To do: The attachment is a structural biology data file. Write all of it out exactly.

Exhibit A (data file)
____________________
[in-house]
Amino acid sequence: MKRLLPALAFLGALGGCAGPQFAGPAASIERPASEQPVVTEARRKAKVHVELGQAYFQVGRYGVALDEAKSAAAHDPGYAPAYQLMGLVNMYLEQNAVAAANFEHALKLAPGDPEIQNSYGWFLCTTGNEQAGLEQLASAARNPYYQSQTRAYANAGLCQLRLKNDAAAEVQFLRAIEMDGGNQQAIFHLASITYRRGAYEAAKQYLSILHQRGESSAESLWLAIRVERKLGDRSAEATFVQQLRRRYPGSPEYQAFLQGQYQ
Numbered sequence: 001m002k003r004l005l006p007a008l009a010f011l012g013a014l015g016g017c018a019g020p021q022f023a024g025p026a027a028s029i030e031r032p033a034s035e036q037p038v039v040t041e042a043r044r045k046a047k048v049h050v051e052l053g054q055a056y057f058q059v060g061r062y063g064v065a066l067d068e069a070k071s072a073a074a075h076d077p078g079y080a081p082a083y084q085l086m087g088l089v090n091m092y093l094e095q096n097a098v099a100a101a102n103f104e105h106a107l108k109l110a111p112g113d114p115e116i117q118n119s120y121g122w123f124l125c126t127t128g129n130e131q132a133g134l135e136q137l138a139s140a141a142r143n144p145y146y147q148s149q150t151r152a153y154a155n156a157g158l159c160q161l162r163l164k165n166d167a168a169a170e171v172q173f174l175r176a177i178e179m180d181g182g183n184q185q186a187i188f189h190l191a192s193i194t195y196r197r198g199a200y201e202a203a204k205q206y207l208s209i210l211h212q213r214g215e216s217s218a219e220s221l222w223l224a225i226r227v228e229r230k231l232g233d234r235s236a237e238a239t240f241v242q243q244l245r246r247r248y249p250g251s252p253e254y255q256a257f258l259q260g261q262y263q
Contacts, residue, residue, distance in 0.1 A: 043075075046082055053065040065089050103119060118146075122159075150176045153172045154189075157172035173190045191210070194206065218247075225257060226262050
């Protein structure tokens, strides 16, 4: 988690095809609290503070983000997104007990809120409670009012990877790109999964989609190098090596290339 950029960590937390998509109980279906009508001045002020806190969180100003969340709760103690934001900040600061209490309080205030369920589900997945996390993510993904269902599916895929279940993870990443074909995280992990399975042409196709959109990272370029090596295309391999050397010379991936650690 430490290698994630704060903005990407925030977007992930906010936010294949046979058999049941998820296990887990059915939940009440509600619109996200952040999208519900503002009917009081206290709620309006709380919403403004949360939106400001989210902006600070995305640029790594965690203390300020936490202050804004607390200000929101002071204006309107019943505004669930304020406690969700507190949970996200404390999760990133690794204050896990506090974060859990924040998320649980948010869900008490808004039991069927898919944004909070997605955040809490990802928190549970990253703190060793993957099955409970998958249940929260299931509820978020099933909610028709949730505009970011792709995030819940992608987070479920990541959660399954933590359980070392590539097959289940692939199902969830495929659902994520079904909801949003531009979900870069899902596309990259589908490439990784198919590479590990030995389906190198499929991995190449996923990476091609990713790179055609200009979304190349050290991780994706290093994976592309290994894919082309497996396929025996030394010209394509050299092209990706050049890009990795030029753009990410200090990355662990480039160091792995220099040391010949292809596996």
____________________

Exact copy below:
[in-house]
Amino acid sequence: MKRLLPALAFLGALGGCAGPQFAGPAASIERPASEQPVVTEARRKAKVHVELGQAYFQVGRYGVALDEAKSAAAHDPGYAPAYQLMGLVNMYLEQNAVAAANFEHALKLAPGDPEIQNSYGWFLCTTGNEQAGLEQLASAARNPYYQSQTRAYANAGLCQLRLKNDAAAEVQFLRAIEMDGGNQQAIFHLASITYRRGAYEAAKQYLSILHQRGESSAESLWLAIRVERKLGDRSAEATFVQQLRRRYPGSPEYQAFLQGQYQ
Numbered sequence: 001m002k003r004l005l006p007a008l009a010f011l012g013a014l015g016g017c018a019g020p021q022f023a024g025p026a027a028s029i030e031r032p033a034s035e036q037p038v039v040t041e042a043r044r045k046a047k048v049h050v051e052l053g054q055a056y057f058q059v060g061r062y063g064v065a066l067d068e069a070k071s072a073a074a075h076d077p078g079y080a081p082a083y084q085l086m087g088l089v090n091m092y093l094e095q096n097a098v099a100a101a102n103f104e105h106a107l108k109l110a111p112g113d114p115e116i117q118n119s120y121g122w123f124l125c126t127t128g129n130e131q132a133g134l135e136q137l138a139s140a141a142r143n144p145y146y147q148s149q150t151r152a153y154a155n156a157g158l159c160q161l162r163l164k165n166d167a168a169a170e171v172q173f174l175r176a177i178e179m180d181g182g183n184q185q186a187i188f189h190l191a192s193i194t195y196r197r198g199a200y201e202a203a204k205q206y207l208s209i210l211h212q213r214g215e216s217s218a219e220s221l222w223l224a225i226r227v228e229r230k231l232g233d234r235s236a237e238a239t240f241v242q243q244l245r246r247r248y249p250g251s252p253e254y255q256a257f258l259q260g261q262y263q
Contacts, residue, residue, distance in 0.1 A: 043075075046082055053065040065089050103119060118146075122159075150176045153172045154189075157172035173190045191210070194206065218247075225257060226262050
């Protein structure tokens, strides 16, 4: 988690095809609290503070983000997104007990809120409670009012990877790109999964989609190098090596290339 950029960590937390998509109980279906009508001045002020806190969180100003969340709760103690934001900040600061209490309080205030369920589900997945996390993510993904269902599916895929279940993870990443074909995280992990399975042409196709959109990272370029090596295309391999050397010379991936650690 430490290698994630704060903005990407925030977007992930906010936010294949046979058999049941998820296990887990059915939940009440509600619109996200952040999208519900503002009917009081206290709620309006709380919403403004949360939106400001989210902006600070995305640029790594965690203390300020936490202050804004607390200000929101002071204006309107019943505004669930304020406690969700507190949970996200404390999760990133690794204050896990506090974060859990924040998320649980948010869900008490808004039991069927898919944004909070997605955040809490990802928190549970990253703190060793993957099955409970998958249940929260299931509820978020099933909610028709949730505009970011792709995030819940992608987070479920990541959660399954933590359980070392590539097959289940692939199902969830495929659902994520079904909801949003531009979900870069899902596309990259589908490439990784198919590479590990030995389906190198499929991995190449996923990476091609990713790179055609200009979304190349050290991780994706290093994976592309290994894919082309497996396929025996030394010209394509050299092209990706050049890009990795030029753009990410200090990355662990480039160091792995220099040391010949292809596996």